History shows a need for accurate, reliable, in-situ monitoring of the structural integrity of aircraft, bridges, pipelines, and buildings.
Once tested, a structure is assumed to be safe until the next inspection. However, much can occur to the structure before the next periodic test. Aside from this uncertainty, manual testing is a reoccurring, labor-intensive procedure that is subject to human error and misinterpretation.
Early techniques developed to assist manual inspection included visual & magnetic testing and dye penetration. These techniques were focused on surface defects only. Subsequent techniques such as x-ray, eddy current, and ultrasonic technologies could detect internal flaws in materials.
The need to monitor structures became known as Structural Health Monitoring, and it is in this category that Structural Monitoring Systems Comparative Vacuum Monitoring (CVM™) technology is the forerunner.
The aviation industry provides a great array of applications and programs for the full commercialization of the CVM™ technology platform. As such, SMS has undertaken and completed multiple civilian programs to gain full certification for the use of CVM™ from both regulators and key aerospace OEMs.
Looking ahead, CVM™ will aim to be the routinely accepted method for performing periodic, continual maintenance on all aircraft types worldwide.
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CVM™ (Comparative Vacuum Monitoring) offers a novel method for in-situ, monitoring of crack initiation and/or propagation. CVM™ technology uses the principle that a vacuum maintained within a small volume is extremely sensitive to leakage. Essentially the CVM™ technology provides a measure of the differential pressure between alternating channels containing air at a partial vacuum pressure and channels containing air at atmospheric channels in a simple manifold.
The CVM™ principle relies on placing a sensor onto the surface of a component where damage is expected to occur. The sensor contains a manifold of fine channels that are open to the surface. Once the sensor has been installed on the surface, the channels form closed “galleries” to which a vacuum can be applied. It is important to note that the surface of the component forms part of the sensor system, with the crack itself providing the leakage path for air into the vacuum galleries.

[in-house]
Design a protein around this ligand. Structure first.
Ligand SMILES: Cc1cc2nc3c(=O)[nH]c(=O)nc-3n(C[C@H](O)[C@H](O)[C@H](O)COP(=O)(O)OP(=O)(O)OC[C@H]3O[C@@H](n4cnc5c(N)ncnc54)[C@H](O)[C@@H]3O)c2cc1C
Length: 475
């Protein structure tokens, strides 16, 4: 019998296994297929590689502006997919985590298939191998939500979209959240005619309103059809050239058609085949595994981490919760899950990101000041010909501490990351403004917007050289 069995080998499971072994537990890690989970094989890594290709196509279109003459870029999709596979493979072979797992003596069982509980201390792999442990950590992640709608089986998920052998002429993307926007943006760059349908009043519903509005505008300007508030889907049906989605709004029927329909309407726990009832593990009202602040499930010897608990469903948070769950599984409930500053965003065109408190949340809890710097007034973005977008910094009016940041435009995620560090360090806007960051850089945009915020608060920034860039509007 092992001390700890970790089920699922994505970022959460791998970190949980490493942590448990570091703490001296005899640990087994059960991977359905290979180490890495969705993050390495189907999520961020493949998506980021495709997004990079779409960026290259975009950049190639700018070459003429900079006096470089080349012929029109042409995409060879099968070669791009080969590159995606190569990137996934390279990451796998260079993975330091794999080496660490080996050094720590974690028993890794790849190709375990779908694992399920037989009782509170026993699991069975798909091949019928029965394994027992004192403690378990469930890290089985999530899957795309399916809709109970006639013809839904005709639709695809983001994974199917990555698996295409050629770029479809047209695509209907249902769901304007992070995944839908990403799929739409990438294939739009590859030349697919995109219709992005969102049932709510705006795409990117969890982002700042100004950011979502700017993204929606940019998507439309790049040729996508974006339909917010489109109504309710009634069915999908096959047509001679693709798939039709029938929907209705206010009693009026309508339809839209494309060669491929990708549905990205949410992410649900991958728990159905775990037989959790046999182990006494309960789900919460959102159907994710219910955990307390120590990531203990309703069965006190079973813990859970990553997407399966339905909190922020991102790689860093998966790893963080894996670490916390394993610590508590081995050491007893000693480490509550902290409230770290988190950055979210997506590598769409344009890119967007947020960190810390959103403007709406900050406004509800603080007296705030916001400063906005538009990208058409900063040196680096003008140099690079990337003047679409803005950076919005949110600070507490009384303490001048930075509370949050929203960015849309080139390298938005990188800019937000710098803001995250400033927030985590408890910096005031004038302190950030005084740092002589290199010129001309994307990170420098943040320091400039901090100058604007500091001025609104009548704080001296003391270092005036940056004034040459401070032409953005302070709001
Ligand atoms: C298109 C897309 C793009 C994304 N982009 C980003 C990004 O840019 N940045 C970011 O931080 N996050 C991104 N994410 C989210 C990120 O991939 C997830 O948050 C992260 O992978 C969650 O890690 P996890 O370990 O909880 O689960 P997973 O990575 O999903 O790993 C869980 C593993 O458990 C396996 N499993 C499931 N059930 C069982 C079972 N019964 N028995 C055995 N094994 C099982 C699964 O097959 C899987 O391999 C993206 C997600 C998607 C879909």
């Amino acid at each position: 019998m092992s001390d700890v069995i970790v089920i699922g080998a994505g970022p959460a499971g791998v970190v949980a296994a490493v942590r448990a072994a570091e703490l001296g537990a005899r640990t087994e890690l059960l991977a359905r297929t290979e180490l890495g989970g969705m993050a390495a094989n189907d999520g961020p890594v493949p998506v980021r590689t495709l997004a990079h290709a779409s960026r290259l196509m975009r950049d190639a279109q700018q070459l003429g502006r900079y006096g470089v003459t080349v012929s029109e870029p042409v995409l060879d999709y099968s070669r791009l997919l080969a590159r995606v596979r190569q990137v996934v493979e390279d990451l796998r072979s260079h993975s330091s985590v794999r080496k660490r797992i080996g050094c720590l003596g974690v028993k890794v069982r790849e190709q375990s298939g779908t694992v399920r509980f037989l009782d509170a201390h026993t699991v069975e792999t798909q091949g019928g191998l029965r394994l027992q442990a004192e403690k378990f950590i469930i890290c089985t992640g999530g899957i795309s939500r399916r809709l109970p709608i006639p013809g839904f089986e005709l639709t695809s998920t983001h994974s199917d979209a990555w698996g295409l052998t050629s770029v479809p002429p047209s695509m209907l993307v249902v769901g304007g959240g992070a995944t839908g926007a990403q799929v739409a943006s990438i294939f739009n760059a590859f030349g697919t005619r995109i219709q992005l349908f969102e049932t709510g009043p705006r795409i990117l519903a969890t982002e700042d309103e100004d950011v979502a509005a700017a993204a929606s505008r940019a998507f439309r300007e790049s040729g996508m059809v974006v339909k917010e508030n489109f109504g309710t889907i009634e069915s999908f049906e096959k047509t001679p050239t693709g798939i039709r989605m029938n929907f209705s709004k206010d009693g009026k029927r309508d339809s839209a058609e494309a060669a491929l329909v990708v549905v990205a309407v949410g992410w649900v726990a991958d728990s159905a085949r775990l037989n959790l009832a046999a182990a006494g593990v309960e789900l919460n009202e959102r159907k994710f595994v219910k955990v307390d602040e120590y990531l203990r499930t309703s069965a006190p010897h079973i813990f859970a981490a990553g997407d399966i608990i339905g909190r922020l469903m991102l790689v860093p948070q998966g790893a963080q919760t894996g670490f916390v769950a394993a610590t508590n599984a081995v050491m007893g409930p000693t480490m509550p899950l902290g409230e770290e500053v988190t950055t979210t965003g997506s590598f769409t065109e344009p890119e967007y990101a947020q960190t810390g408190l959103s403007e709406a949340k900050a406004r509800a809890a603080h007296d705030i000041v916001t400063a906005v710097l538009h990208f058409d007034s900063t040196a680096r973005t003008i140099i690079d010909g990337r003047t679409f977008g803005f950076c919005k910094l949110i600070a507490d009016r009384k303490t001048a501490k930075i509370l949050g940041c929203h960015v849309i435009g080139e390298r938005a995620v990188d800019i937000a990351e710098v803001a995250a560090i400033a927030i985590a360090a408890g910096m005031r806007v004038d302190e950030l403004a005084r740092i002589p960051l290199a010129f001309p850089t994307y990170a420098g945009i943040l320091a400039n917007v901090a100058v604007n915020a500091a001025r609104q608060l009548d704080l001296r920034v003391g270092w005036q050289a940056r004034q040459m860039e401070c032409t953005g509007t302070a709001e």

If no flaw is present, the vacuum will remain at a stable level. When a crack develops, it forms a leakage path between the atmospheric and vacuum galleries, producing a measurable change in the vacuum level. This change is detected by the CVM™ system (PM200 device).
The PM200 is a microprocessor-controlled handheld instrument powered internally from a rechargeable Lithium-Ion battery capable of interrogating groups of hard-to-access sensors from a suitable access point. The PM200 stores the location of inspection and interrogation pass / fail data for download by USB connection.
The sensitivity of the sensor is governed by the gallery spacing and the rate of airflow, this provides an indication of the size of the developing flaw. Sensors may either take the form of self-adhesive polymer sensors or may form part of the component. Since the sensor physics is based on pressure measurements, there is no electrical excitation involved.
The CVM™ sensor is manufactured from multiple layers of FEP sheets, where 2 to 8 sheets are laminated together with an acrylic pressure-sensitive adhesive, the same adhesive is on the bottom layer and facilitates the adhesion to the aircraft.
The sensor galleries are continuous through the sensor, allowing the PM200 to perform a self-check of the gallery condition. As well, CVM™ technology is inherently fail-safe, such that damage or leaks within the system are either detected as false positives or are large enough to indicate a system failure.